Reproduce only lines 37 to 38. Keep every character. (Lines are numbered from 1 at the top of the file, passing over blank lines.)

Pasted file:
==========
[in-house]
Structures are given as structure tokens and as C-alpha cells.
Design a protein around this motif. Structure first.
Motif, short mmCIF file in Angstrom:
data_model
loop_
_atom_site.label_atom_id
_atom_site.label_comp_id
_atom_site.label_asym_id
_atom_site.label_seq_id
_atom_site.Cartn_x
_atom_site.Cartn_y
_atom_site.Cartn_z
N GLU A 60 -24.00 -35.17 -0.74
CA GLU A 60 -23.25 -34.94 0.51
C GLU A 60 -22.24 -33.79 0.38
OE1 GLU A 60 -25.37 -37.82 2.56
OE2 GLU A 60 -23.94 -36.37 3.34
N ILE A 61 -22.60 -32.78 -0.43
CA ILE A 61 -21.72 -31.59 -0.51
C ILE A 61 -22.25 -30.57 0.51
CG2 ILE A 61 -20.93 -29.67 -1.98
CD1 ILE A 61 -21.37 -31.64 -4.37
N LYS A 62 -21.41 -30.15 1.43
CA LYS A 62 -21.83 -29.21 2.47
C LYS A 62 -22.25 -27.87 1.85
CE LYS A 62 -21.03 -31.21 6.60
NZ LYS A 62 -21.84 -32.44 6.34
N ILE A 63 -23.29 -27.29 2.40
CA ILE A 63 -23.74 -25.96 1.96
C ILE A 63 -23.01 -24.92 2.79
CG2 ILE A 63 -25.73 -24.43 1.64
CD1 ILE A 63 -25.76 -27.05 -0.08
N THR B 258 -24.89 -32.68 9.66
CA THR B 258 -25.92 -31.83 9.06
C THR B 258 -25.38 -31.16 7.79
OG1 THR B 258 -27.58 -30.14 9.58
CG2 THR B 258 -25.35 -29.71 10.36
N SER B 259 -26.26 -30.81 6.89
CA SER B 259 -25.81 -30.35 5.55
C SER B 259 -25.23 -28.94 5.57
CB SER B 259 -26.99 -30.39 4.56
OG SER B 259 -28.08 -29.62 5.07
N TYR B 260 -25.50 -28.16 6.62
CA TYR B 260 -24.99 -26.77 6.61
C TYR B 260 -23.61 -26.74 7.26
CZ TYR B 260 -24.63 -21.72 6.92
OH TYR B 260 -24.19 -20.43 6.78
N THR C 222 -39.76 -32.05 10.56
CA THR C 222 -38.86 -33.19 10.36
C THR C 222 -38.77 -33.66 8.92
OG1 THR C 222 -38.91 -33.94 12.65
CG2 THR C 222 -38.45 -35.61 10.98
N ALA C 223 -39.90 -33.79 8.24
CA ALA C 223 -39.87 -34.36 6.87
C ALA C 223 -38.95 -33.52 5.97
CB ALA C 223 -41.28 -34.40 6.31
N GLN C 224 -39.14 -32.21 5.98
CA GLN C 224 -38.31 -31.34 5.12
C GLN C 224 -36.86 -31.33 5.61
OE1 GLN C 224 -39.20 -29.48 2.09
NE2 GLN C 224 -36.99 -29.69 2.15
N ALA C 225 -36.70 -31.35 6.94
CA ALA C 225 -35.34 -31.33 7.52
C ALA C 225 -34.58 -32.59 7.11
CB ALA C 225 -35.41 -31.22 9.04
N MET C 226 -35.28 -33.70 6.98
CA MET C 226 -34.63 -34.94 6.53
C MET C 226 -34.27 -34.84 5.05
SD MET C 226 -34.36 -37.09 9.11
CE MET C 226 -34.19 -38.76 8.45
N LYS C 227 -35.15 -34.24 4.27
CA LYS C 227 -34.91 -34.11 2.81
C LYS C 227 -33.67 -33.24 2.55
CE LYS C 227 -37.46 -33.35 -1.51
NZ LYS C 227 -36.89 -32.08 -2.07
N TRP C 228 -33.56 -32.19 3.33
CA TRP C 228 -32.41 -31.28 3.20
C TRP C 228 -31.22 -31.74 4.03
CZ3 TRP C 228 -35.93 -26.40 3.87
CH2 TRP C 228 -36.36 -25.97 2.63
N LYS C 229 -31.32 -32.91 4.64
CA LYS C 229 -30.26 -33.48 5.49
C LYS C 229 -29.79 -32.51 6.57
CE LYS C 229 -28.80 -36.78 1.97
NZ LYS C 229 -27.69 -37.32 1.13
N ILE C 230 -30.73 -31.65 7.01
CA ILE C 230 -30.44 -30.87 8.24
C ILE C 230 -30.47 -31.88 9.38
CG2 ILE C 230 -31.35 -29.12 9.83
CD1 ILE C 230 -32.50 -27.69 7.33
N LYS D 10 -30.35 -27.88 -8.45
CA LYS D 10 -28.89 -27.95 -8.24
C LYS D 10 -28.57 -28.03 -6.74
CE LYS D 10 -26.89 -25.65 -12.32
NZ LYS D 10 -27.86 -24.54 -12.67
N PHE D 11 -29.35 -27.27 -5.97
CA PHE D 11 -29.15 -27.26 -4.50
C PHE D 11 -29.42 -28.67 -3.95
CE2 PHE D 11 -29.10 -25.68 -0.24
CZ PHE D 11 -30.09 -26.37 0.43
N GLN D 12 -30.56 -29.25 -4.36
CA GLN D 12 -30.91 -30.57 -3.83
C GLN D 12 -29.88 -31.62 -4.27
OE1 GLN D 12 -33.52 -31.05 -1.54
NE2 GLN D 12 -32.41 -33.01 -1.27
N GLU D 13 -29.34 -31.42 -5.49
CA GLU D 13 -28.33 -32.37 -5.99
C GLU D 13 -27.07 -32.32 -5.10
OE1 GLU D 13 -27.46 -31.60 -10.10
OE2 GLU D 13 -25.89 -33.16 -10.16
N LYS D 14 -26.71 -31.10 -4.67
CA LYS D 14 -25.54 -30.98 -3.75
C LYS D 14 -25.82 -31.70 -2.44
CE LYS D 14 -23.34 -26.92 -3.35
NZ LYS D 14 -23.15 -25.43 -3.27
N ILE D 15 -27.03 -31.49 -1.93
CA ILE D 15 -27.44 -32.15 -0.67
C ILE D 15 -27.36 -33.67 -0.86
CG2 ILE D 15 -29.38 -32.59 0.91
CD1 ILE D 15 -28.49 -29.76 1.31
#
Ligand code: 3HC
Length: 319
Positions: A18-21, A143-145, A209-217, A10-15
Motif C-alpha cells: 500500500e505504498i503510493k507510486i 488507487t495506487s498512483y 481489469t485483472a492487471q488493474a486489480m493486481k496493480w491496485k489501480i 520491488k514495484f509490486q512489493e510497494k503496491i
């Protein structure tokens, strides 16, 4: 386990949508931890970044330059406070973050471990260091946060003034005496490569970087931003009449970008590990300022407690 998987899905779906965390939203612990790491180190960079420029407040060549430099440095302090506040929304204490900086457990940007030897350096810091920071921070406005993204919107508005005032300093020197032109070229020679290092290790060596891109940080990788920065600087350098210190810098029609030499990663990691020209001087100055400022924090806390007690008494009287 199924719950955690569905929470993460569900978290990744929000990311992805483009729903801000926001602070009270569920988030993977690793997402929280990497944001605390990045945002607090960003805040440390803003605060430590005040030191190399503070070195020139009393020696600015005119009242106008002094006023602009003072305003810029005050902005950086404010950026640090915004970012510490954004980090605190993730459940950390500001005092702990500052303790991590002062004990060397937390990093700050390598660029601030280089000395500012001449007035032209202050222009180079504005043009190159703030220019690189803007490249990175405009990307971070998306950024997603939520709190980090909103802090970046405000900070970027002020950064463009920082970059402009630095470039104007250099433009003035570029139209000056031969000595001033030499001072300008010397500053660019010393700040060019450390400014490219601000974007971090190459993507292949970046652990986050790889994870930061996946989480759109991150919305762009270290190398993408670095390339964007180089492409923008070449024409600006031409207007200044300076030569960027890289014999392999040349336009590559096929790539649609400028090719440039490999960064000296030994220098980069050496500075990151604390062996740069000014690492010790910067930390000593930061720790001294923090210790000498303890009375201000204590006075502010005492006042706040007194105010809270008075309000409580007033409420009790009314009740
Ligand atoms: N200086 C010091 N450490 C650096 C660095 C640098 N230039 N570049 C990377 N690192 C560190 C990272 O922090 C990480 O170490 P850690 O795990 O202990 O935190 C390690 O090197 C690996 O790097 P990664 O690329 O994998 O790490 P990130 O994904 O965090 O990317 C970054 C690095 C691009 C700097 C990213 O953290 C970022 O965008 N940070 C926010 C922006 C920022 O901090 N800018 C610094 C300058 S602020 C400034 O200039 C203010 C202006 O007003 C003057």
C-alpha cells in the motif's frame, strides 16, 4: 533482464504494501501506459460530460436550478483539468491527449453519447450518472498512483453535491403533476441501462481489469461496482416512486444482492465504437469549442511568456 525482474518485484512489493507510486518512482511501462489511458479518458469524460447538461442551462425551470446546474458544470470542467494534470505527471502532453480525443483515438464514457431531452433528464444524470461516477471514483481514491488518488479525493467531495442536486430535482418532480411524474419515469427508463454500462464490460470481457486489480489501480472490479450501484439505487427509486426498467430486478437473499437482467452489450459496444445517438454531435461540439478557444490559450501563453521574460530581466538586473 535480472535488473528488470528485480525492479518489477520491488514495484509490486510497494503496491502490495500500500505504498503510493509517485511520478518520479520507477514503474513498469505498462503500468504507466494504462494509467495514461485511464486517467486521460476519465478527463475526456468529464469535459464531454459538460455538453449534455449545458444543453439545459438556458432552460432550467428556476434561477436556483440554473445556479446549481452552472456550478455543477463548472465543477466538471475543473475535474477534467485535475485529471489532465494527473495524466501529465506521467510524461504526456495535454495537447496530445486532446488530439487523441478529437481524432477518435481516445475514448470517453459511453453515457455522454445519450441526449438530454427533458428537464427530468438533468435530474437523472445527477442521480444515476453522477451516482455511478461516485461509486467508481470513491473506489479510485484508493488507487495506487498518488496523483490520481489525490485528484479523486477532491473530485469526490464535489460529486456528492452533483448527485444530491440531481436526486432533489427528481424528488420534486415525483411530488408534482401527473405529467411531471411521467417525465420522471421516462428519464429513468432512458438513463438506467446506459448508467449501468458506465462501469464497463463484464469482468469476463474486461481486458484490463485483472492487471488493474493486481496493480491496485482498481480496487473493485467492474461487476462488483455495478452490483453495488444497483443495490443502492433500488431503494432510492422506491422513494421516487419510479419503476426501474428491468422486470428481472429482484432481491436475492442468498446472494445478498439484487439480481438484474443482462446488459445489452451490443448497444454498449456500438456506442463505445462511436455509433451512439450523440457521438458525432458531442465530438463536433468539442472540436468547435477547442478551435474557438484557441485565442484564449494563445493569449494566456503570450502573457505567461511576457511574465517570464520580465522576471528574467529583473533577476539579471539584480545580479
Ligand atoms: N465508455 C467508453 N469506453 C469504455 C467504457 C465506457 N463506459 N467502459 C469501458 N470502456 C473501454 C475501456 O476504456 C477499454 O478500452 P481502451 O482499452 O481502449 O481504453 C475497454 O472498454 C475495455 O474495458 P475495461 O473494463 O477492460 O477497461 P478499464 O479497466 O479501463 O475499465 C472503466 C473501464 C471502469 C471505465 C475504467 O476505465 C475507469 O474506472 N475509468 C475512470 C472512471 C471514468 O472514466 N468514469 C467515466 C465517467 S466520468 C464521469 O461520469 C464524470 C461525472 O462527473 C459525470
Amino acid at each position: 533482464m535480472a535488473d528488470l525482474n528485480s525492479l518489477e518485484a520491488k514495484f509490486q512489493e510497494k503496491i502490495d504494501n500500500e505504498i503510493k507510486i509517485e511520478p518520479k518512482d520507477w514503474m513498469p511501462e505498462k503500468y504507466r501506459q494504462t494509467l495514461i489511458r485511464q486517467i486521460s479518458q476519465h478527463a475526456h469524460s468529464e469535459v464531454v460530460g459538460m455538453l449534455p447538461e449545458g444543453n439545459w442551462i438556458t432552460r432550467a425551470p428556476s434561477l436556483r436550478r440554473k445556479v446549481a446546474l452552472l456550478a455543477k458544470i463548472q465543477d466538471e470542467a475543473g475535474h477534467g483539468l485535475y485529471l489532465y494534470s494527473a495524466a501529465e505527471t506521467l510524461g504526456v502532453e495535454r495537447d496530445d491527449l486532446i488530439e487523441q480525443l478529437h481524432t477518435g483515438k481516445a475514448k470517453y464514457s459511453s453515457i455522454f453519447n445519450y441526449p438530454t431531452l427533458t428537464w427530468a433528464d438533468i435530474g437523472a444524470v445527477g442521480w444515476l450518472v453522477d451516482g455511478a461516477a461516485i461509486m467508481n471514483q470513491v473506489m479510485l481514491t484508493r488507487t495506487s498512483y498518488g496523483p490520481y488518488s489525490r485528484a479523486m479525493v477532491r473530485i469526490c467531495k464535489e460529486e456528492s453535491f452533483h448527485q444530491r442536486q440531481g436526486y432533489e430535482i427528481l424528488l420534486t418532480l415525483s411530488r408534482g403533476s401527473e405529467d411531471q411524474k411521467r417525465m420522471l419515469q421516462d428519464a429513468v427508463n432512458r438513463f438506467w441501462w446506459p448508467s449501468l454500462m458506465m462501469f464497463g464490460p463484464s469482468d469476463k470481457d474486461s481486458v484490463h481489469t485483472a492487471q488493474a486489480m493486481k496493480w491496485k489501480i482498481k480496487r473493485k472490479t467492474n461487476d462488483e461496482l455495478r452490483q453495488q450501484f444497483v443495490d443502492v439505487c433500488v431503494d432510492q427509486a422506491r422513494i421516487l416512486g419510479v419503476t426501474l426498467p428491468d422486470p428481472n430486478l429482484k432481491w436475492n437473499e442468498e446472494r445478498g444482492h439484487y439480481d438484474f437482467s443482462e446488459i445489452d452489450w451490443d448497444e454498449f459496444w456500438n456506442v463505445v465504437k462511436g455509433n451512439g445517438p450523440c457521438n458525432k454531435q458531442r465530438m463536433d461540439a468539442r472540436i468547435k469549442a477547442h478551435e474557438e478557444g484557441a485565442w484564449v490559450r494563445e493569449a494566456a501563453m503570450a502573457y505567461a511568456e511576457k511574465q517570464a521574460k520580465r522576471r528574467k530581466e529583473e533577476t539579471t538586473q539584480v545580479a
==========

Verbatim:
OG1 THR B 258 -27.58 -30.14 9.58
CG2 THR B 258 -25.35 -29.71 10.36